Can How We Perceive Gender Roles in Society Affect Casualty Rates?
From the times of our childhoods, greater human society influences our perception of the world around us. To a certain extent, our roles in life are often defined by those deemed "typical" of our biological sex. These gender roles are based on standards set by our society. Traditionally, we perceive men with the traits of aggression, strength, and dominance, while women are associated with softness, nurturing abilities, and passivity. Thus, we have also developed separate classes of names for males and females. Often, we also tend to name inanimate objects or phenomena around us, assigning them a masculine or feminine names. Below, we look at a very interesting question related to this masculine-feminine naming concept. Does such naming affect our perception of such objects on the basis of an assigned gender? More specifically, can naming a hurricane either Christopher or Christina affect our reaction to the same hurricane?
Can a Hurricane’s Name Influence our Preparedness for a Disaster?
Kiju Jung from the University of Illinois at Urbana–Champaign and his team of researchers and collaborators have put forward interesting results on this very topic. Their findings have come as a result of an investigation associating names of hurricanes to death tolls from the same hurricanes. According to Jung, a hurricane with a feminine name typically claims more lives than one with a "male" one. This, he believes, is due to the stereotyping of men with more aggressive traits, and females with warmth and kindness. According to the researchers, this social bias can have disastrous consequences on many aspects of life on the planet. The naming of hurricanes with a male name like Charlie could influence people to believe that the storm has a greater force and destructive ability than a hurricane with a female name like Eloise. People may thus make more extensive arrangements to ensure their safety in the face of Charlie than for Eloise, completely neglecting scientific rational, and going on to underestimate a hurricane’s destructive power due to its female nominal association. Jung claims that a small change in the name of a hurricane from a masculine to a feminine could lead to a tripling of the death toll. Jung’s research was based on results obtained by looking at data collected from the aftermath of 94 hurricanes hitting the U.S.A. between 1950 and 2012. The researchers asked 9 people to rate hurricanes based on a scale of 1(very masculine) to 11 (very feminine), and found that the hurricanes with a more feminine name were associated with more death and damage than those with more masculine names. Also, in a separate set of experiments, volunteers identified hurricanes with masculine names with more risk than ones with feminine names, despite the fact that "female" hurricanes incurred much larger death tolls.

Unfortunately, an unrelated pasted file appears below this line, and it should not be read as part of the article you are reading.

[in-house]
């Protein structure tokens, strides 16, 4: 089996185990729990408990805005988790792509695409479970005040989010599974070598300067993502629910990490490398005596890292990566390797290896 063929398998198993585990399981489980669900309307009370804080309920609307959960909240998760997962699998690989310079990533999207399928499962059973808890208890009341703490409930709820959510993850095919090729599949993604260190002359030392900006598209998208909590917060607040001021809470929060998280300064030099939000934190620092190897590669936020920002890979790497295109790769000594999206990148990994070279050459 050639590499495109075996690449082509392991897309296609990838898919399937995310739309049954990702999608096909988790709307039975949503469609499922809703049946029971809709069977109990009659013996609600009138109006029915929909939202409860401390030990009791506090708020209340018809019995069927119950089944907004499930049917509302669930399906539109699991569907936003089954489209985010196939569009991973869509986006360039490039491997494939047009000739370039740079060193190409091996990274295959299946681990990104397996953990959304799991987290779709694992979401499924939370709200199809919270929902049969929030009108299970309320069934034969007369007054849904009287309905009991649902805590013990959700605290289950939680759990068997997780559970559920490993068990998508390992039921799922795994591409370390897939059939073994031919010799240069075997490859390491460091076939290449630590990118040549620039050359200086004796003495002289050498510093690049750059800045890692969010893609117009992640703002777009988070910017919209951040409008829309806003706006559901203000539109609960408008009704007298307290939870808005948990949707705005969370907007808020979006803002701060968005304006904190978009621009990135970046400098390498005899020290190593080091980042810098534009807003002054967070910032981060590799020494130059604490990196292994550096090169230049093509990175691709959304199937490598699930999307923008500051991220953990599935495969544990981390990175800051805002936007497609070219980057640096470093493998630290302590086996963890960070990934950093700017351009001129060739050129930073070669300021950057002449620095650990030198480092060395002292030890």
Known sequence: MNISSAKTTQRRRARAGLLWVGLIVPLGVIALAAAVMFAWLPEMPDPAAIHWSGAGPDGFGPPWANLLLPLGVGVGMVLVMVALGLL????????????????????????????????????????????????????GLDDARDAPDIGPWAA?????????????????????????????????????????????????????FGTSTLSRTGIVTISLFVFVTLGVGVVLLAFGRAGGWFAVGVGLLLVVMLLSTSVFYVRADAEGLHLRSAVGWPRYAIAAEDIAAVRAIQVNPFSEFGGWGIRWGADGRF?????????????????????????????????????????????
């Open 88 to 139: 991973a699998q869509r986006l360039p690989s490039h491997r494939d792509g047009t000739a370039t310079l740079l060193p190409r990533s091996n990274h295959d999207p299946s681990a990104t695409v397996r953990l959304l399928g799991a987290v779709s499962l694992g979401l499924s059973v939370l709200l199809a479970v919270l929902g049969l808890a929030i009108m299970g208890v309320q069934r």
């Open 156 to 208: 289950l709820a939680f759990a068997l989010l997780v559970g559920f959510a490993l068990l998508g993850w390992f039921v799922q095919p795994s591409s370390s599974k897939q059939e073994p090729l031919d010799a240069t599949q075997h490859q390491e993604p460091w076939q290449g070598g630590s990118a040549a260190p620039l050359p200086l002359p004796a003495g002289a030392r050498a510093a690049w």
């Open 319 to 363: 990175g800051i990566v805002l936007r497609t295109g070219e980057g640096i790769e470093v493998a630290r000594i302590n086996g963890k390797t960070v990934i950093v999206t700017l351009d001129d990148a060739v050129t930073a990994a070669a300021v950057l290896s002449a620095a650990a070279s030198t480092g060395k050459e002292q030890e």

Arguments Against the Theory
Several arguments have been put forth against this and prior research conclusion. Critics claim that since the hurricanes prior to 1979 were only assigned female names exclusively, and it was only after 1979 that alternate male and female names have been assigned to hurricanes, that the data is more likely to be biased. Also, since hurricanes have become less deadlier over the years due to better infrastructure and preparedness measures, the higher death tolls of the female-named hurricanes prior to 1979 could also influence the results. The fact that the researchers have taken indirect deaths, such as those resulting from fallen electrical lines during an after-storm clean up activity into account, such casualties cannot be explained on the basis of lack of preparedness for the hurricane. Damage to property like buildings with constructional anomalies also cannot be accounted for by the influence of gender names. Besides, there are also many other factors like social situations, cultural norms in storm readiness, and prior experiences with tropical weather that can affect a society's perception of an approaching hurricane, and there needs to be more substantial proof that the naming of a storm alone has the greatest impact on people’s decisions regarding the storm’s potential impact.
Future research needs to go more deeply into the heart of this issue. More thorough and extensive investigations need to be done before a conclusive decision can be reached about reconsidering our present hurricane naming system on the basis of gender. It is quite important that this happens quickly as, if Jung’s research is true in the practical scenario, this means that some serious thought needs to put into the naming of hurricanes and other natural disasters. It might be that feminine names will have to be discarded altogether. This could potentially save more lives claimed by the hurricanes , tornadoes, and typhoons that strike different parts of our world. Who knows? Perhaps even naming the prospectively worst storms after well-known destructive people (such as Ivan the Terrible, Caligula, Genghis Khan, and Adolf Hitler) could prove beneficial.